No matter which shop you choose, you’re sure to find the perfect mementos to remind you of your time exploring Tucson, to give as thoughtful gifts, or to celebrate the love you have of where you live. When you do stop by, be sure and tell them you saw it first in Tucson Guide.

The Patio, Please: 10 Perfect Restaurant Patios

By Elise McClain

Tucson is home to some of the Southwest’s most breathtaking outdoor spaces. Why not take it all in over a delicious meal? From bohemian patios to epic courtyards, enjoy stunning views, great food, and unparalleled ambiance at one of these 10 spectacular restaurant patios.

Caruso’s Italian Restaurant

Dine on a patio that has served fine Italian food to the Tucson area for more than 60 years. Caruso’s, located in the Historic Fourth Avenue District, is a family-owned and -operated community favorite. Pass through the green wrought iron entrance from the hustle and bustle of downtown and enter the welcoming and secluded patio. Enjoy traditional Zagona family recipes complete with handmade sauce that has been made by a family member for three generations at tables adorned with red and white checkered tablecloths, under romantically lit trellises.

The Cup Café 

The Cup Café, located in the historic Hotel Congress, has served Tucson residents for three decades. Situated in the heart of downtown, The Cup (as locals call it) offers a wide array of dishes from their all-day menu (breakfast for dinner or dinner for breakfast anyone?). Enjoy the relaxed patio atmosphere, paired with world-class huevos rancheros, fresh-baked pies, and locally sourced coffee.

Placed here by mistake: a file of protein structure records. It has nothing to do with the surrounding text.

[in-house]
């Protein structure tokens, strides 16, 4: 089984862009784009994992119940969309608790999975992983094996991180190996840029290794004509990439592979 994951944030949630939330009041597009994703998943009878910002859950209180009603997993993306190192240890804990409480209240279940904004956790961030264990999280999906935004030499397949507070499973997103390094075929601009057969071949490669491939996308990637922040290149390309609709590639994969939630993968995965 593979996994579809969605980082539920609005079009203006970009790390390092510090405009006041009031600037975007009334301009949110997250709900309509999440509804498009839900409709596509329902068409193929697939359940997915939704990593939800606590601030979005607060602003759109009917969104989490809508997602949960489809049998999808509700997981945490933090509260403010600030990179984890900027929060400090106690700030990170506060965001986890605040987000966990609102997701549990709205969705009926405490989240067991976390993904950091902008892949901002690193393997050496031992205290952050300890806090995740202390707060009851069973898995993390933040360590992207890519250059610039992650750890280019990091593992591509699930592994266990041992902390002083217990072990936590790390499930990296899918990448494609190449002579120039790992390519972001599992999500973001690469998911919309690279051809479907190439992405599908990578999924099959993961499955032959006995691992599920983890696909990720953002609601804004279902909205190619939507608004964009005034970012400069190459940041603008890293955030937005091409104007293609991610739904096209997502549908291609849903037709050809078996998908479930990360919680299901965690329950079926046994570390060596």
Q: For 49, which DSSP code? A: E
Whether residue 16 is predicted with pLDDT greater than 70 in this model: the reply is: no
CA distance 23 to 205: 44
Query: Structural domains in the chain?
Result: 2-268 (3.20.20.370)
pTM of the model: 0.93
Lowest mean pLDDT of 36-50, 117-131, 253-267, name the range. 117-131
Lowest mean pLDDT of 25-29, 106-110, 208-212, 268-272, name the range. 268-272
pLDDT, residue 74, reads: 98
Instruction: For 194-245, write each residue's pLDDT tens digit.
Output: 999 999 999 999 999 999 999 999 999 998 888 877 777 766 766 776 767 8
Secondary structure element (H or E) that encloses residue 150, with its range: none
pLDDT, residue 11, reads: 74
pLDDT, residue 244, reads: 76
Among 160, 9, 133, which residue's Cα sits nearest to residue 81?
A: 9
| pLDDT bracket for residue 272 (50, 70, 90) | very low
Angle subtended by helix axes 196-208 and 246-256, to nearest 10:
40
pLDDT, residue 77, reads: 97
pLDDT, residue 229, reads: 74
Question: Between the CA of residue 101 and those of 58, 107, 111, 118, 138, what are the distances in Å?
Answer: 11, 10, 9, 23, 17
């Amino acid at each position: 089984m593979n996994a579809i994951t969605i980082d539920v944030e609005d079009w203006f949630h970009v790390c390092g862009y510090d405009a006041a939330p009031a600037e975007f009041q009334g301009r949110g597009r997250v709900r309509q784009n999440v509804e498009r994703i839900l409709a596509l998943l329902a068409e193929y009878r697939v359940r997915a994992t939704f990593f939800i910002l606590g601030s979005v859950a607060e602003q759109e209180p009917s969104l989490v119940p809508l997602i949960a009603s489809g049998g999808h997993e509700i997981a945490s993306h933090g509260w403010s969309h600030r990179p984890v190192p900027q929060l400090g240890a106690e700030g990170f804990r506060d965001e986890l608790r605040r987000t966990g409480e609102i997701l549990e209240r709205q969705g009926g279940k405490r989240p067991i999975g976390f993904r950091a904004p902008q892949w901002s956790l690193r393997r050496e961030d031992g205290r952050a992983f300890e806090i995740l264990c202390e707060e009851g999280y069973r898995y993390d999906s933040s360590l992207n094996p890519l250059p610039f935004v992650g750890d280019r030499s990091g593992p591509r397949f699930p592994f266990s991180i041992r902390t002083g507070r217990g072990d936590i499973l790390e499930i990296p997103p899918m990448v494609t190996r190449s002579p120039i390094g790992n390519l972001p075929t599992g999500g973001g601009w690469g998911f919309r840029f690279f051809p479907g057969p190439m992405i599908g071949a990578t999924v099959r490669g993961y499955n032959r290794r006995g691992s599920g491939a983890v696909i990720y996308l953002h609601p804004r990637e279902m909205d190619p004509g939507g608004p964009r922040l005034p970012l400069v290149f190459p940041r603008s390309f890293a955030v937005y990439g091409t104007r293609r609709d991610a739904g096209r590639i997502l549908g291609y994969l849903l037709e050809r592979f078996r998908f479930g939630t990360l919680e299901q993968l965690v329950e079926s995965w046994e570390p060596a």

Noble Hops Gastropub

Admire the sweeping mountain views of Pusch Ridge at Tucson’s original gastropub, Noble Hops in Oro Valley. This spacious, 750-square-foot, rustic patio is perfect for any season. With built-in heaters, large gas firepits, and cooling water misters, guests can enjoy near-panoramic views of the Santa Catalina Mountains year-round while sipping on locally brewed craft beer and devouring gastropub fine fare.

Tavolino Ristorante Italiano 

At Tavolino Ristorante Italiano, enjoy access to a chic, comfortable, and secluded patio in the Santa Catalina Foothills. Dine on fresh, award-winning Italian fare while taking in the stunning desert surroundings from this European-style porch. Known for its sophisticated atmosphere, Tavolino Ristorante Italiano serves as the perfect date night spot. 

Cafe Passé